The struggle for rights 1850 - 1901
Threat of Closure
Robinson and Gellibrand's travels through Victoria.
Parliamentary Debates, 1876, vol. 25, pp. 985-86)
'Savage nomads' are the same the world over. Aren't they? Here the notions of
civilised and savage are again discussed. The 'smoothing the pillow of
the dying race' view is also evident.
G.V.Smith, 4 October 1876
it within the experience or reading of any honourable member that
any attempt to bring Choctas, Cherokees, or any other tribe of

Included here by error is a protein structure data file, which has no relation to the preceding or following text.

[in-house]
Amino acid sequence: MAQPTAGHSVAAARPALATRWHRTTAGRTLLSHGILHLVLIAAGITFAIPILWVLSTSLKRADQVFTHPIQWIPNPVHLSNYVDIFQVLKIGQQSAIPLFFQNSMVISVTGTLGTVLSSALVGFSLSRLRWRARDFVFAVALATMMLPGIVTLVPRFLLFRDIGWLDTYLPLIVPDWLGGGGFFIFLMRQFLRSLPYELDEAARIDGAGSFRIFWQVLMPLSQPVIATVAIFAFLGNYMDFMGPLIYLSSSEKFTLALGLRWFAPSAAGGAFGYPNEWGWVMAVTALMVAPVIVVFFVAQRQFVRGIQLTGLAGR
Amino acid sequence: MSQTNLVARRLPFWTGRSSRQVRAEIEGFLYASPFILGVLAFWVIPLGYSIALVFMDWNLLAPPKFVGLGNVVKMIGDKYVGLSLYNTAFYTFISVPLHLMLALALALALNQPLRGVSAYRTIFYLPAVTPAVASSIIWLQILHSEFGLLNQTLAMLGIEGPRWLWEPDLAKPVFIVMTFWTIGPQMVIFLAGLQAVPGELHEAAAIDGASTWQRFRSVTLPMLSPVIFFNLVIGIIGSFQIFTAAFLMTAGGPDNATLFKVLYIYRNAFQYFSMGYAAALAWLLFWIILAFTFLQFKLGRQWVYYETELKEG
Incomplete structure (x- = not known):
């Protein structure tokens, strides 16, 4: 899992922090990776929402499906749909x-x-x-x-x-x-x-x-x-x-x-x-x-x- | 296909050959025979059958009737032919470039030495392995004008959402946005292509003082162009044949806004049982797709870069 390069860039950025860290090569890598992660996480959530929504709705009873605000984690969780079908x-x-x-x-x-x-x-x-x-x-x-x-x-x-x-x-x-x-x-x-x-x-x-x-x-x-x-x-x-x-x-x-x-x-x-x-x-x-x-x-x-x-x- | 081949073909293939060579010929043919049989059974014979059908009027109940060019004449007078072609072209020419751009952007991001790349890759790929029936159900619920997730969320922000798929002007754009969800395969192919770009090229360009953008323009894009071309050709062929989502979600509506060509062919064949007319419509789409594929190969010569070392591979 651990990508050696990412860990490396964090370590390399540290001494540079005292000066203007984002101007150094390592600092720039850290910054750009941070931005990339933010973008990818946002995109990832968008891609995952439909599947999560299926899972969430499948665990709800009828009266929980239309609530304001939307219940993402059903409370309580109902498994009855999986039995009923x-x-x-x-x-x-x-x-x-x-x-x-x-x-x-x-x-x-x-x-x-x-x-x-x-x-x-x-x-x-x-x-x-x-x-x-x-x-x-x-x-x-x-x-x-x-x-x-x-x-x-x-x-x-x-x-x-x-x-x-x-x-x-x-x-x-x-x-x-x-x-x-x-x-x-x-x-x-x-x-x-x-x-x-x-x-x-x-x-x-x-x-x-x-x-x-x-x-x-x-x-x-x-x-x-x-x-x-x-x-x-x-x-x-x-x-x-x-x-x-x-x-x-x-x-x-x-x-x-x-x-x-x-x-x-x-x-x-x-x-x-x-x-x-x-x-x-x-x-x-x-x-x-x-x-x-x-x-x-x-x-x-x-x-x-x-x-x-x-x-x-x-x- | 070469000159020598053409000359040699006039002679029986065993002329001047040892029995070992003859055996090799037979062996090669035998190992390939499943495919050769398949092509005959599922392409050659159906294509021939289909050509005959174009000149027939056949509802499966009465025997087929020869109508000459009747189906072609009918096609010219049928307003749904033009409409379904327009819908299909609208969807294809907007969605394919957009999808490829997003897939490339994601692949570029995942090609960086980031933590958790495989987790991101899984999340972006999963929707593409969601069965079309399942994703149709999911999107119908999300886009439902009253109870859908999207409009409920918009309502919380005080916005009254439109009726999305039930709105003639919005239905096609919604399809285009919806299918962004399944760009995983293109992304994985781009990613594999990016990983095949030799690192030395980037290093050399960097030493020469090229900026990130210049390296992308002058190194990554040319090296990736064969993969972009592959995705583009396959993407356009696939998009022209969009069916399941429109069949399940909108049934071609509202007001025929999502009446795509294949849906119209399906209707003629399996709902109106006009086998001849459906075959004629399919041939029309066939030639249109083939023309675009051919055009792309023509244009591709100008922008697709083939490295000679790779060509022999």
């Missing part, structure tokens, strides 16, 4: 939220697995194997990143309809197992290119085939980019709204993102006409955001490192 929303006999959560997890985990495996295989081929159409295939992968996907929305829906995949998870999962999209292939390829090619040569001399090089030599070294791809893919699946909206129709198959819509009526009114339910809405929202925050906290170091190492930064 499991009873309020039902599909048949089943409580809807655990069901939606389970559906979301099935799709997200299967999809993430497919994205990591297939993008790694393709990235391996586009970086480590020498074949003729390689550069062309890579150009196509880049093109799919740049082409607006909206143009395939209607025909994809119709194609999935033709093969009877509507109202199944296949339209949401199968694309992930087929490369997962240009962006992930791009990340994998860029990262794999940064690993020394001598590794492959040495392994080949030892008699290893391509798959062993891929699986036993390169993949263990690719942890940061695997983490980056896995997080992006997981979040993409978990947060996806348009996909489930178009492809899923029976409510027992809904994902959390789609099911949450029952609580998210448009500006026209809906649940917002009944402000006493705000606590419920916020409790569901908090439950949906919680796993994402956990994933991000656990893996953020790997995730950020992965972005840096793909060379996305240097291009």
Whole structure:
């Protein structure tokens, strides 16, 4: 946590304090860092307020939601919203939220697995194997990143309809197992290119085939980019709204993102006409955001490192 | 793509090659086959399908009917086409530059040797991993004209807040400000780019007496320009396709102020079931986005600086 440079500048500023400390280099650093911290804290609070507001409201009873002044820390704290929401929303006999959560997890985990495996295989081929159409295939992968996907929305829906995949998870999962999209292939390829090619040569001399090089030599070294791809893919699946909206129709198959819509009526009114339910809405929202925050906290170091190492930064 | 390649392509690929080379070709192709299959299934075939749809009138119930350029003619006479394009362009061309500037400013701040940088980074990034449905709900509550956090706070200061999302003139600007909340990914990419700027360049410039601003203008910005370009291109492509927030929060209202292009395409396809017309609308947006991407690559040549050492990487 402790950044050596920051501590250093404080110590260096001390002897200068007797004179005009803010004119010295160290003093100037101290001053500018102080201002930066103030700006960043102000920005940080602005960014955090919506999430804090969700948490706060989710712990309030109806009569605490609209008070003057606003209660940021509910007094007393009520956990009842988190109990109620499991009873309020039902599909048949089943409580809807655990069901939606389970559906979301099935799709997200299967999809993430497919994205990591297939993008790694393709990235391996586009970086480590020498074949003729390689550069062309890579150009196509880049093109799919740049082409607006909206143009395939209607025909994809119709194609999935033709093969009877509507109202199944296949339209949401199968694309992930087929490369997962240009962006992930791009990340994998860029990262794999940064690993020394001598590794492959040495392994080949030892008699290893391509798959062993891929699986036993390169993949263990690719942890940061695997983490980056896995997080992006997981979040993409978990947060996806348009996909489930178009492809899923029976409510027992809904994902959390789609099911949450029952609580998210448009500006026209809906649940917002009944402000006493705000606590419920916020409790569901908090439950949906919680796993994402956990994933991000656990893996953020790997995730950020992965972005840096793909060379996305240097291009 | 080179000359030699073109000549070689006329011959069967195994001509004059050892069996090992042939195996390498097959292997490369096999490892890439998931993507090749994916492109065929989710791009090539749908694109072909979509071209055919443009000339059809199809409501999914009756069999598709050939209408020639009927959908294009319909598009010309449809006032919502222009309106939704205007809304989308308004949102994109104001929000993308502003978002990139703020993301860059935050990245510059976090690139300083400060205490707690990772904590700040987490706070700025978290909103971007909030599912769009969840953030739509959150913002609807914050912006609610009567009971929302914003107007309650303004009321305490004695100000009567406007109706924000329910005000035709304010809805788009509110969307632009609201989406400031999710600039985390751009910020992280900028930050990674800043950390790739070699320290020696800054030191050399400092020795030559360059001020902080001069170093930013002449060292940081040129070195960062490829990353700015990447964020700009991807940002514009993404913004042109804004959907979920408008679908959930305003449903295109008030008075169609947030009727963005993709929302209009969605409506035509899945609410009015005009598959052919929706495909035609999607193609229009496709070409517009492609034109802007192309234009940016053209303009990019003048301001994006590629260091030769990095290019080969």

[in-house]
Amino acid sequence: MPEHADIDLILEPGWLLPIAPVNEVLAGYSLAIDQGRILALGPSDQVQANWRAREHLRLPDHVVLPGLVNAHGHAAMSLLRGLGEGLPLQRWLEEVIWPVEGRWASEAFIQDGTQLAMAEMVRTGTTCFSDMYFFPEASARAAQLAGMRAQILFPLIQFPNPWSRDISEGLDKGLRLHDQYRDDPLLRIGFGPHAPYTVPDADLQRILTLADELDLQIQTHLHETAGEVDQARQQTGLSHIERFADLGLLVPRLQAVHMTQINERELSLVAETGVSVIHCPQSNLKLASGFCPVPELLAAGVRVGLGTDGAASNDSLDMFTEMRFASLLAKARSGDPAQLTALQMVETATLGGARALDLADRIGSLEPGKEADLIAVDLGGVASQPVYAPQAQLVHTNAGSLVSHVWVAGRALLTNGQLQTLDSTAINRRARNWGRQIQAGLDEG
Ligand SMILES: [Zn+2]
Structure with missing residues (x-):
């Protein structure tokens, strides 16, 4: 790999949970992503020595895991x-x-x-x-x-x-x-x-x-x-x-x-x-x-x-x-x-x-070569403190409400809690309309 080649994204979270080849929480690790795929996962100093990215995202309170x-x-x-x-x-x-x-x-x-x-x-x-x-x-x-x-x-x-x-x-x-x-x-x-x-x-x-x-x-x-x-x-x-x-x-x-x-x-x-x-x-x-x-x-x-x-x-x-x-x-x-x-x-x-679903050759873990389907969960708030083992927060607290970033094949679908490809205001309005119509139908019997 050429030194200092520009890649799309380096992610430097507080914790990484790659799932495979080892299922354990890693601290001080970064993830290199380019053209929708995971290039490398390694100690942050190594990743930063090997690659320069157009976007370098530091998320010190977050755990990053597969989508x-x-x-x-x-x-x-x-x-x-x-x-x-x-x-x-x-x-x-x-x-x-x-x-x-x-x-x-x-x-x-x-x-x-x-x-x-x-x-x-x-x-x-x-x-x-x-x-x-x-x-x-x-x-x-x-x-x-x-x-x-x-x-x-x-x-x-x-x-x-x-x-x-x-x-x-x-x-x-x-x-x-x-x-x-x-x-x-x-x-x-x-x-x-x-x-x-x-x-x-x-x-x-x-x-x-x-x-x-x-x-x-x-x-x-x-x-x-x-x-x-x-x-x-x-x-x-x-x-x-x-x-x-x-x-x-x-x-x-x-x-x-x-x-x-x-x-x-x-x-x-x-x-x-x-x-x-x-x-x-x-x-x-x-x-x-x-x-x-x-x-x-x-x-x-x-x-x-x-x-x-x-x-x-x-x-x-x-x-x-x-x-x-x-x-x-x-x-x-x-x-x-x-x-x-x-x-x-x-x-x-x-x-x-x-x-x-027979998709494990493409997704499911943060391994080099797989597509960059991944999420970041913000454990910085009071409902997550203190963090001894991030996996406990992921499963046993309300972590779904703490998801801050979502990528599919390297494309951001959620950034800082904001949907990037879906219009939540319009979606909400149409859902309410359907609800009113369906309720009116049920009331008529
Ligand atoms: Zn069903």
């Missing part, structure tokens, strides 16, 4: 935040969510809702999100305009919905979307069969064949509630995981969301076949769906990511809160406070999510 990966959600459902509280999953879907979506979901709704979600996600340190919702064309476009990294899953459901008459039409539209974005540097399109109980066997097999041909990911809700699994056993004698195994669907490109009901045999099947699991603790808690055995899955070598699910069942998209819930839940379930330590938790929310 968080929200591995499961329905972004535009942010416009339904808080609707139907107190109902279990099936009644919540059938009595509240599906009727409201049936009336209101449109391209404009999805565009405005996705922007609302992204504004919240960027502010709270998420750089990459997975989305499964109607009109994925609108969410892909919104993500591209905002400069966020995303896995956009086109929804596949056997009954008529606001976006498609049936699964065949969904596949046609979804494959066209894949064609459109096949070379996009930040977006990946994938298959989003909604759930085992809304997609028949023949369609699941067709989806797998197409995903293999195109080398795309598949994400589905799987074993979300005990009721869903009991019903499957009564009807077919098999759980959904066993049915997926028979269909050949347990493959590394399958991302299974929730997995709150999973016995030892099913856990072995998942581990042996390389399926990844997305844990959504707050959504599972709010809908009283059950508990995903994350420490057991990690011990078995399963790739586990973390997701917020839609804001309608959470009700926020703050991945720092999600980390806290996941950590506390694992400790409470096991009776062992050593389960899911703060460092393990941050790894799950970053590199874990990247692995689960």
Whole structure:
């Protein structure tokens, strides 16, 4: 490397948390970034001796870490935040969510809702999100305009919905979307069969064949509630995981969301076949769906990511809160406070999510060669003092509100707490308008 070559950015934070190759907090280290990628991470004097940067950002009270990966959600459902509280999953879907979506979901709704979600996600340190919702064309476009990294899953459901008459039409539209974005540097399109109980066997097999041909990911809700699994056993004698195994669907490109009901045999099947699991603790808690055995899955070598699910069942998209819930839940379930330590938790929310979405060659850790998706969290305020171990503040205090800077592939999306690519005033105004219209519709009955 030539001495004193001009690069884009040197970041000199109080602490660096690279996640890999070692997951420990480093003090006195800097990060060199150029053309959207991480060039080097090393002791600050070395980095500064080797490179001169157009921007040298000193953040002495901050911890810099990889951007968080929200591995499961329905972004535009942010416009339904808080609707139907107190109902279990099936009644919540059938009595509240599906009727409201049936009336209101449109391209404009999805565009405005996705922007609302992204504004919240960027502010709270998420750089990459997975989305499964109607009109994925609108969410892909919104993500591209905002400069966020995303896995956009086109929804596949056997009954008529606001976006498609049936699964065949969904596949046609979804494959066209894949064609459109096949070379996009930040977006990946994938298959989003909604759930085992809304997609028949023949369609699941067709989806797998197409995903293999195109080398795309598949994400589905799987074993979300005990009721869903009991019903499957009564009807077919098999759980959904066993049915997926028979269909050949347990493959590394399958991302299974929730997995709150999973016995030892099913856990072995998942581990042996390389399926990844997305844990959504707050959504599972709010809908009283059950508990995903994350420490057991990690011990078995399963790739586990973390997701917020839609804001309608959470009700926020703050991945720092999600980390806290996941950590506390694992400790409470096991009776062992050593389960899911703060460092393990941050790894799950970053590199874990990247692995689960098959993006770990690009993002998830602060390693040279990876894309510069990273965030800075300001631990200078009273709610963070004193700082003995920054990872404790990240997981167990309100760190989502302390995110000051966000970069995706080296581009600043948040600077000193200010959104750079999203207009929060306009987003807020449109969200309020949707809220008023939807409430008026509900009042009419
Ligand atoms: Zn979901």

savage nomads from different parts of the country, into one spot,
in order to reconcile them to the usages of civilised life had
been successful? His own belief was that the only way to treat
the aborigines - whose manifest destiny it was to die off before
the whites - was to deal with them generously in the districts
to which they belonged
the best thing that could be done
was to leave the aborigines as much as possible in the localities
to which they belonged. As to collecting them in one particular
place, and endeavouring to deal with them, and expecting satisfactory
results - results which might be expected in dealing with civilised
people - the thing was hopeless.'